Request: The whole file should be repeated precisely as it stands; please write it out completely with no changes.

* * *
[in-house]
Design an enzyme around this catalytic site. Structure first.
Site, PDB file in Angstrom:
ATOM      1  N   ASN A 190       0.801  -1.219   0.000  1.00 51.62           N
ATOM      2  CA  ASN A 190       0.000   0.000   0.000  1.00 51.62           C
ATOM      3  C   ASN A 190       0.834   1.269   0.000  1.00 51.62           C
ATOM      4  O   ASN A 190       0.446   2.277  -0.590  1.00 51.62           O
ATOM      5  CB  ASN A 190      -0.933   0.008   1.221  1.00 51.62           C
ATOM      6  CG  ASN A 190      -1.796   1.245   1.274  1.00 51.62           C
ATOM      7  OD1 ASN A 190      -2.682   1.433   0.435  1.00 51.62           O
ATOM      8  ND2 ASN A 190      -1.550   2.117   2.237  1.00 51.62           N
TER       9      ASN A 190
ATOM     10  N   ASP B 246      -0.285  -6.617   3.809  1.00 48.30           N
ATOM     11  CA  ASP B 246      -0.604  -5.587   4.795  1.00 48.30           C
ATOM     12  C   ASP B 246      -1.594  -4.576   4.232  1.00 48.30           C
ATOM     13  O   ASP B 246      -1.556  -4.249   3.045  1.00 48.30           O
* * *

[in-house]
Design an enzyme around this catalytic site. Structure first.
Site, PDB file in Angstrom:
ATOM      1  N   ASN A 190       0.801  -1.219   0.000  1.00 51.62           N
ATOM      2  CA  ASN A 190       0.000   0.000   0.000  1.00 51.62           C
ATOM      3  C   ASN A 190       0.834   1.269   0.000  1.00 51.62           C
ATOM      4  O   ASN A 190       0.446   2.277  -0.590  1.00 51.62           O
ATOM      5  CB  ASN A 190      -0.933   0.008   1.221  1.00 51.62           C
ATOM      6  CG  ASN A 190      -1.796   1.245   1.274  1.00 51.62           C
ATOM      7  OD1 ASN A 190      -2.682   1.433   0.435  1.00 51.62           O
ATOM      8  ND2 ASN A 190      -1.550   2.117   2.237  1.00 51.62           N
TER       9      ASN A 190
ATOM     10  N   ASP B 246      -0.285  -6.617   3.809  1.00 48.30           N
ATOM     11  CA  ASP B 246      -0.604  -5.587   4.795  1.00 48.30           C
ATOM     12  C   ASP B 246      -1.594  -4.576   4.232  1.00 48.30           C
ATOM     13  O   ASP B 246      -1.556  -4.249   3.045  1.00 48.30           O